Thursday, June 16, 2016

Hark, A Card From 2002!

After spending a few years in the hobby and accumulating a certain number of cards, you start to notice a pattern.

If you go to card shows or card shops, or even engage in trades (blind or otherwise) with collectors, you notice that cards from a certain era are lacking.

Of course cards from the 1920's are nonexistent (really, chances are most collectors have a gap from their T206/T205 to their '33 Goudey) but that's to be expected. I'm referring to more to the 2000's. The pretty dark decade that brought the world countless horrible tragedies (basically your typical decade).

After the 80's and 90's when everything was overproduced, you'd expect for there to be more 2000's era cards right? Well so far that's not been the case. At least not for me.

You see I'm working on this small project where I'm trying to build the Yankees prospect team sets for all of the regular Bowman products (Bowman, Bowman Chrome and Bowman Draft) ever released. Finding these cards from the 2010's to today are easy and cheap. Finding these cards from the 2000's to 2010 is difficult and costly.

In general cards released in the 2000's are hard to come by. In all my three years in this hobby, I've acquired approximately five Bowman prospect base cards from the 2000's. That is absurd. Why is it that I've accumulated more T206es during that span of time?

Well part of it is likely because I actively went after T206es and didn't go after 2000's cards.

That said, why should I have to go after 2000's cards? People chuck 80's and 90's cards at each other because they can't get rid of the stuff, why are the 2000's so different? Why are they scarcer? Where are all of the 2000's cards? Especially the mid-2000's? Weren't there collectors in the 2000's? Did collectors chuck all of these in the river?

If the blogs focused on cards and the various stories I've heard about people and their time in this hobby are any indication, a lot of people who collect cards today weren't collecting in the 2000's. Whether it was because they had to focus on college, jobs or child-rearing, a lot of people who've come back to collecting today weren't collecting in the 2000's.

That might apply to vendors too. How else can you explain why my semi-local card show (that I've been going to for 3+ years) has a ton of junk wax cards from when porno-staches were all the rage, but almost none from the mid-2000's?

I suppose that if I wanted to I could go to places like COMC or eBay or Just Commons, but even then there comes that irksome feeling that I'm overpaying. I got a Brett Gardner 2005 Bowman base card for less than 50 cents a few years back. I refuse to pay more than that for flameouts who didn't pan out. And yes I'm aware that those inflated prices are due to scarcity.

I keep hearing rumors about how Bowman keeps pumping out more and more of their products in recent times due to some predetermined algorithm based on the number of the preorders they get. If that's true, it certainly explains why Bowman prospect cards from the 2010's to today are so plentiful and can be had for dirt cheap.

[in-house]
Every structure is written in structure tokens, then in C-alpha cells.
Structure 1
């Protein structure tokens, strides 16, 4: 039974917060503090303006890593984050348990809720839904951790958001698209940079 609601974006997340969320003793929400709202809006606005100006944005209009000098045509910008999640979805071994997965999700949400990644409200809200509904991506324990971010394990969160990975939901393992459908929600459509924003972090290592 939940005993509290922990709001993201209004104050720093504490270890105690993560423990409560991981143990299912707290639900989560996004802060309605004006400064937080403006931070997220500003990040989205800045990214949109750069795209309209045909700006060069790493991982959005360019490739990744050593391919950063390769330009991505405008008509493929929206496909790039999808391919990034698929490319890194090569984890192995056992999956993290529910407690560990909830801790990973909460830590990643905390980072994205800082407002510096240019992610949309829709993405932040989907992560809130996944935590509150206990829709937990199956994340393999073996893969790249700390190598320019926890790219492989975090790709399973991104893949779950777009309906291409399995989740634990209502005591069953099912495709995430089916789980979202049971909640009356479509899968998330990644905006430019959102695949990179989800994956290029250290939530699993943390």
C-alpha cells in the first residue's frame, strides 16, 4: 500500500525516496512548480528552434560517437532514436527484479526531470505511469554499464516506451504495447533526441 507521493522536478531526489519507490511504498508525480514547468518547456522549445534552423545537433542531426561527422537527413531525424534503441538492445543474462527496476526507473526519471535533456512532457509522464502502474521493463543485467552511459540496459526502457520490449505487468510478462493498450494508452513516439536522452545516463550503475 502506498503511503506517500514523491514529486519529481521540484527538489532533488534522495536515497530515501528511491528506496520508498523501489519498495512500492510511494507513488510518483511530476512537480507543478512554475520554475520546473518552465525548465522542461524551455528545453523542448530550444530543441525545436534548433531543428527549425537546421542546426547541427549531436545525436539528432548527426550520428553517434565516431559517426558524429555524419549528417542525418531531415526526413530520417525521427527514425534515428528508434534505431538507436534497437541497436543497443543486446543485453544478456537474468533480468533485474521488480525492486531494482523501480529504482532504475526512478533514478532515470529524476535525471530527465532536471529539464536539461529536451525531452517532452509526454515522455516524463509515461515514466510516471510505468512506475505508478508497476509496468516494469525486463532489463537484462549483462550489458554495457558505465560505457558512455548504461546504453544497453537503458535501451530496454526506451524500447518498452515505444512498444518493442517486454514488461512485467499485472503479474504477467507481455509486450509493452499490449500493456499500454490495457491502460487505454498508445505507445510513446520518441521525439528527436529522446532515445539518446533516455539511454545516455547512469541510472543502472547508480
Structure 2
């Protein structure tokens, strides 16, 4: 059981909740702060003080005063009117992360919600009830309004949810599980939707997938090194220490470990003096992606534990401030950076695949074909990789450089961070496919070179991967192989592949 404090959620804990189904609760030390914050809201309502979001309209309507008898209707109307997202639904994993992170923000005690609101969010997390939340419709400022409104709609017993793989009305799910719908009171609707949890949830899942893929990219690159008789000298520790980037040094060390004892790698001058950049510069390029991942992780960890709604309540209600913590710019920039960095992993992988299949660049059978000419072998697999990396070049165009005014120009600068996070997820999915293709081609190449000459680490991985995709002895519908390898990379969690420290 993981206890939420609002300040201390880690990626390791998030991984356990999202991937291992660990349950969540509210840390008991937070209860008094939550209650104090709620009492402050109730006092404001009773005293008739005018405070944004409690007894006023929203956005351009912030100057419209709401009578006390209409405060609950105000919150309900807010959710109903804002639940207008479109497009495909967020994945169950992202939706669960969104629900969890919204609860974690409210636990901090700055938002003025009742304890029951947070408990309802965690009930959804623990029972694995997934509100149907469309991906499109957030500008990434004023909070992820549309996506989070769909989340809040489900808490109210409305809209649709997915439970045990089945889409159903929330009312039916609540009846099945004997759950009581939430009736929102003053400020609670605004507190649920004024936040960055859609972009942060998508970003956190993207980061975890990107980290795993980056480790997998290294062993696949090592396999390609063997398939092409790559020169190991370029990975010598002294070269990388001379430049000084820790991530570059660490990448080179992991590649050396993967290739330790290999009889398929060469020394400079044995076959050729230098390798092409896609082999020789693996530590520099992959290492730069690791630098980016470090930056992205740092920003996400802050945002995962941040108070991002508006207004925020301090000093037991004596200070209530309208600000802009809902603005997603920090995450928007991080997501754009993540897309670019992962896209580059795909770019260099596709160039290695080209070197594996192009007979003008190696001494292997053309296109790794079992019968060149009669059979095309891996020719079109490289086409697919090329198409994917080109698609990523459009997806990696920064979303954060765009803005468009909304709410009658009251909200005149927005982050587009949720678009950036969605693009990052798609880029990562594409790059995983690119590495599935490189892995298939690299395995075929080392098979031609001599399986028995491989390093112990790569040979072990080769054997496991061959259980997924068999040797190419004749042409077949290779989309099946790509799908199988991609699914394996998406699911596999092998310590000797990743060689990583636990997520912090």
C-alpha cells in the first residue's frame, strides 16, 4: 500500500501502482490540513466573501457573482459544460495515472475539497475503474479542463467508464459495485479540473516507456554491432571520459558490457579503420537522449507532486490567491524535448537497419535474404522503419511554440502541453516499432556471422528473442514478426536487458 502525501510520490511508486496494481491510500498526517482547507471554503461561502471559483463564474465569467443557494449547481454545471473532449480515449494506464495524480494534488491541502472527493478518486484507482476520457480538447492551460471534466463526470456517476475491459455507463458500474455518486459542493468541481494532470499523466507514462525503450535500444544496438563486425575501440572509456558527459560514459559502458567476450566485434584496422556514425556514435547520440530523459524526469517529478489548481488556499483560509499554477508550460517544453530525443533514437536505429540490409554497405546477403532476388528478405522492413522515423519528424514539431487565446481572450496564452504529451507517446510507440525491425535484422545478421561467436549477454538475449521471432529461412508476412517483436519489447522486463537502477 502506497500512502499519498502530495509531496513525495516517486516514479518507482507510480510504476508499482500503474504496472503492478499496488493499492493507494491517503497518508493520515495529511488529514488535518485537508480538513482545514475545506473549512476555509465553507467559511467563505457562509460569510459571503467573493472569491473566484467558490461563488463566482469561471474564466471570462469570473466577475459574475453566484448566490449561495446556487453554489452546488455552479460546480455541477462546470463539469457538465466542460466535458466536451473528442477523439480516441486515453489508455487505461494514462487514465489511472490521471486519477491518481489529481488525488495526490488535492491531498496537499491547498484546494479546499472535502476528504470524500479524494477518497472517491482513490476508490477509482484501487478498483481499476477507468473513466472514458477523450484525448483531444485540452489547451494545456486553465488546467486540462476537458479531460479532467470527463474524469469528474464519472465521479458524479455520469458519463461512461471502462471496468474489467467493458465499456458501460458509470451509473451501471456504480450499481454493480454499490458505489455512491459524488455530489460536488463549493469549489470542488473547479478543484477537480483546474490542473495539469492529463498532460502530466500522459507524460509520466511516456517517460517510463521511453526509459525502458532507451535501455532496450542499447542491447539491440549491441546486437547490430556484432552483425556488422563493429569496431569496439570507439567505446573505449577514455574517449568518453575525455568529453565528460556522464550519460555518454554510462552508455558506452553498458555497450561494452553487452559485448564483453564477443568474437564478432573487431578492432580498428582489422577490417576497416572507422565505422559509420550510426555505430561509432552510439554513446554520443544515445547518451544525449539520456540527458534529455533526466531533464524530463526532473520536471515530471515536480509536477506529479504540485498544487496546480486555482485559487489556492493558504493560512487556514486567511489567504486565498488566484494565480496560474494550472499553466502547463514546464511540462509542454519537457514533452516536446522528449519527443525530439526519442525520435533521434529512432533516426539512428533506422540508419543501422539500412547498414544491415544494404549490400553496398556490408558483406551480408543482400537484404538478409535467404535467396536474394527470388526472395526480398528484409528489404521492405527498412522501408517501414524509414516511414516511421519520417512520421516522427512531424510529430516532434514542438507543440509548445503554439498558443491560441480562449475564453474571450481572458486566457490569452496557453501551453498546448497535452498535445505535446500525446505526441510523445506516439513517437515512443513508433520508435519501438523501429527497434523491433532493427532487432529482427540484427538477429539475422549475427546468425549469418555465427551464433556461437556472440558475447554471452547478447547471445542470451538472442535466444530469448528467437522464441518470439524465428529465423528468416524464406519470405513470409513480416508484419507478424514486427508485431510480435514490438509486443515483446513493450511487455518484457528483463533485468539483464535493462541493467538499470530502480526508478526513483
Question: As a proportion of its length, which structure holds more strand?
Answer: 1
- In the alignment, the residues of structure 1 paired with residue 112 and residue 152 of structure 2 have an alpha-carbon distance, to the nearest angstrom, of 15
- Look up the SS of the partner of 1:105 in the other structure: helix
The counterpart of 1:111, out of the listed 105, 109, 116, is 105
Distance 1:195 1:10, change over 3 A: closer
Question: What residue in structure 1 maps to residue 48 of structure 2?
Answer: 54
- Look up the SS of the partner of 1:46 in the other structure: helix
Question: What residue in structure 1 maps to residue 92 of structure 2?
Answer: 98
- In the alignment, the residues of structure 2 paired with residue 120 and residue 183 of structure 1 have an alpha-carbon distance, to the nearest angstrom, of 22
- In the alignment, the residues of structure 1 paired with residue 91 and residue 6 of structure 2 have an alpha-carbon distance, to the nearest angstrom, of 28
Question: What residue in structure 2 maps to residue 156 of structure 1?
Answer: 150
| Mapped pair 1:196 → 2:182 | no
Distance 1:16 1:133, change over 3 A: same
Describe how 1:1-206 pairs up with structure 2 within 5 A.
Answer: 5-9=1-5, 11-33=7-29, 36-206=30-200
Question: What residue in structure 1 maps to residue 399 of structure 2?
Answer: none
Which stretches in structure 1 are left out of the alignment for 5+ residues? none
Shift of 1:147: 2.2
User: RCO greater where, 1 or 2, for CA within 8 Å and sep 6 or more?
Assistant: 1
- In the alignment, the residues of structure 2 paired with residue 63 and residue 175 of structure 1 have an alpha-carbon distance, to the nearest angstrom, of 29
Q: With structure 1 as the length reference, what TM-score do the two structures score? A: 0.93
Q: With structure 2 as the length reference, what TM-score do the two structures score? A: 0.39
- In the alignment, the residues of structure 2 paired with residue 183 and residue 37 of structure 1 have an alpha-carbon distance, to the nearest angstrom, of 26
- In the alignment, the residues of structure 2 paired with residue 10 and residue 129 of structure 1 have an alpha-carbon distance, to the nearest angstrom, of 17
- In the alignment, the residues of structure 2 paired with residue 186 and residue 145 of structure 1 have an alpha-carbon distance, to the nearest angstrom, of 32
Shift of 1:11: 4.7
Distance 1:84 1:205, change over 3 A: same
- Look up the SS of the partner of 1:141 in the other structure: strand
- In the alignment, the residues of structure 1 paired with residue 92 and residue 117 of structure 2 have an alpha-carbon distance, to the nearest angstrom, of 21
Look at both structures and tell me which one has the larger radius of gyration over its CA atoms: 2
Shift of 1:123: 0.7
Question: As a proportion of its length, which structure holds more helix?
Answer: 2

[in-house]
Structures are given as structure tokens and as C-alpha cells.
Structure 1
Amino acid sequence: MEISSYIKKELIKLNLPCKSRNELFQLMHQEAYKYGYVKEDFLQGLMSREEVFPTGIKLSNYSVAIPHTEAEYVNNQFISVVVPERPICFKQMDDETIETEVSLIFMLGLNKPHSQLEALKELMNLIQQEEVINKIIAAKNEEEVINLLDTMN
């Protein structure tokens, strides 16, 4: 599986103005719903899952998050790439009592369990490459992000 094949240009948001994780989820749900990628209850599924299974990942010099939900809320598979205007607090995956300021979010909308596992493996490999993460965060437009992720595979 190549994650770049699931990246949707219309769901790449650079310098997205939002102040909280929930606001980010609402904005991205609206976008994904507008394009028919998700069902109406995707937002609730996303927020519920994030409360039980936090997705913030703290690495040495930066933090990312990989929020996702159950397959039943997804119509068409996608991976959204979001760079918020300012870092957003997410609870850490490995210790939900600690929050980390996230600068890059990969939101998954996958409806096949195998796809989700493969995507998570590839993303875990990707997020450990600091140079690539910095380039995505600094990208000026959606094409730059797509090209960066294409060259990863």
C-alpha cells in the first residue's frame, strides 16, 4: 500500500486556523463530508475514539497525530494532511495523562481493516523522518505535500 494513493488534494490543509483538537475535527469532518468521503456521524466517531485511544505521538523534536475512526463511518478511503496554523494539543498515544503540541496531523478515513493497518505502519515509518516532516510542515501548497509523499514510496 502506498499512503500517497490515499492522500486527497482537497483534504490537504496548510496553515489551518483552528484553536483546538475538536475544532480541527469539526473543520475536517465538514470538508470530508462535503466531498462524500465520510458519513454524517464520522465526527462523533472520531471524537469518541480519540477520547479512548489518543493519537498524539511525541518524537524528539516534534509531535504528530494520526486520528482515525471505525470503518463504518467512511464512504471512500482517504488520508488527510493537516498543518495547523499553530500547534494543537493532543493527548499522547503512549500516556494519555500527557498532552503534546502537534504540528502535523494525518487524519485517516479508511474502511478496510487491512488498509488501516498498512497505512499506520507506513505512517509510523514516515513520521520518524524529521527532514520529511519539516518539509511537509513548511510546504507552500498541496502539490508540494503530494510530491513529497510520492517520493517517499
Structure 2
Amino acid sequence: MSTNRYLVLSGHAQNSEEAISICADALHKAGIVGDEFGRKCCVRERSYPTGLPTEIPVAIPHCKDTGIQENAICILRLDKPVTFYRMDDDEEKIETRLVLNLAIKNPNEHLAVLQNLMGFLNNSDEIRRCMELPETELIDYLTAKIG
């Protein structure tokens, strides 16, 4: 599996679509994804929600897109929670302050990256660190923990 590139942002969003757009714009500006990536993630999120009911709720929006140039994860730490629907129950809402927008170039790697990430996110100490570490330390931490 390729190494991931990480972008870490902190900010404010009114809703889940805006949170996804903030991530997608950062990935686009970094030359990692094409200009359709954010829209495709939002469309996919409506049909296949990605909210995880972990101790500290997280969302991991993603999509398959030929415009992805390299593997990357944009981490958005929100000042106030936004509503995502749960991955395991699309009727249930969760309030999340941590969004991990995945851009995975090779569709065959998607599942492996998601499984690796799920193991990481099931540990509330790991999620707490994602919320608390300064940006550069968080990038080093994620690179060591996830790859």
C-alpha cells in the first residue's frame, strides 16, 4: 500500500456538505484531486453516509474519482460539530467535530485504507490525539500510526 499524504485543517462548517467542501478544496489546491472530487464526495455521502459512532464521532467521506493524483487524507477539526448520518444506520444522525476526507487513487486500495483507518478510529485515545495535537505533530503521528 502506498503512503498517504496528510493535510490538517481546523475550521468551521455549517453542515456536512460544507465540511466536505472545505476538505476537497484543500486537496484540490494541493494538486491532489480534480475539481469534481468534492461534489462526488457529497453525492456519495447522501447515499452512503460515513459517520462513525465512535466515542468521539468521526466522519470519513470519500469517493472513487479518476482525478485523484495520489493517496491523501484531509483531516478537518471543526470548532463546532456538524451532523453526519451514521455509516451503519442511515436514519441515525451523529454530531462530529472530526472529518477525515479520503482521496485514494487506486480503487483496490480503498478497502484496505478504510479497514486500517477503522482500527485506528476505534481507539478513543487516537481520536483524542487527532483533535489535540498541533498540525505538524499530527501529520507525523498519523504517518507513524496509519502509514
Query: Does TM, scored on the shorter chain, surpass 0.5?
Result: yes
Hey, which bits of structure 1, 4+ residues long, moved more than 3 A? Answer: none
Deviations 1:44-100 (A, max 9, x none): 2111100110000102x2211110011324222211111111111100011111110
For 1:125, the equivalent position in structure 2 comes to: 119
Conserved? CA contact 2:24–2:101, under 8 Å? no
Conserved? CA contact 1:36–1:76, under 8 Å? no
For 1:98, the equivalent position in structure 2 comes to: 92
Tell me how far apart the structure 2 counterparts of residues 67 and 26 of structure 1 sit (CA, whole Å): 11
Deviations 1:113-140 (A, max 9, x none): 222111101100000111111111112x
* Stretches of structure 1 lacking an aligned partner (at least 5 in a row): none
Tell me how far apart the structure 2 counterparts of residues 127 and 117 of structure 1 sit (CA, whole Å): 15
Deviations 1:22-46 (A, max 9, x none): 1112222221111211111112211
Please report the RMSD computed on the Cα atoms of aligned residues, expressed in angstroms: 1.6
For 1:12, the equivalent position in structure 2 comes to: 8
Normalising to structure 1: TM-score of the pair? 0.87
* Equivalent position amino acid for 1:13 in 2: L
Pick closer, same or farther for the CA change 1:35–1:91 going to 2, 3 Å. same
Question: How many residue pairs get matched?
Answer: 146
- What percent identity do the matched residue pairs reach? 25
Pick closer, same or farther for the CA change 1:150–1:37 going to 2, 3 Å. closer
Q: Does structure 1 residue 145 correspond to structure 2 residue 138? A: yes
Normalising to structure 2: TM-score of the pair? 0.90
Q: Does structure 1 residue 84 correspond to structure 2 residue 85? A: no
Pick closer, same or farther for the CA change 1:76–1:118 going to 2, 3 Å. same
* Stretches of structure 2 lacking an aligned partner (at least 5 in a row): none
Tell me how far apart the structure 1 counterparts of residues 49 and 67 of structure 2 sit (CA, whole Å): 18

As such cards from previous eras might have smaller print runs. Not too small, but just small enough that these never show up.

Ugh, I'm probably over thinking this. Point is there aren't too many 2000's era cards I see too often and I want to change that.


A few days ago I got that Brandon Weeden 2002 Bowman Chrome autograph from eBay. It's now the oldest Bowman brand certified autograph I own and a key back in time to 2002.

Weeden was a two-sport player in high school but he became a pro baseball player first after being drafted in the second round by the Yankees in 2002. Weeden had the potential to be a pretty good reliever/closer but he was traded the following year for Kevin Brown (que Night Owl's disgust). Weeden gave pro baseball a shot for a few years but hung it up for good after the 2006 season. Weeden then went to Oklahoma State University and went back to football. Weeden was drafted by the Cleveland Browns with the 22nd overall pick in the first round of the 2012 NFL Draft, ten years after his MLB draft. Currently he's a quarterback for the Houston Texans. Not too bad of a career move I suppose.

Hopefully I can track down other cards from the flagship 2002 Bowman products. That year several notable prospects from the Yankees' past could be found on cardboard like Drew Henson, Nick Johnson, John-Ford Griffin and Shelley Duncan.

As always thanks for stopping by and take care :).

6 comments:

  1. I honestly had no idea that Weeden spent some time playing pro baseball - I guess you learn something new everyday!

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    1. Well it wasn't all that memorable so I don't blame you. Although it would've been quite something if he made it.

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  2. I collected throughout the 2000s, I've never taken a break since I began collecting in 1988. I see the same thing, cards from the last decade just don't show up.

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  3. Cool! I remember Weeden pretty well, although luckily I didn't know much about prospects at the time. I probably would have been outraged when he was traded, although I know I was really happy to get Kevin Brown (he was coming off a great year).

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    1. I don't remember Weeden or Brown to be honest. Probably because their cards from the 2000's never show up ;).

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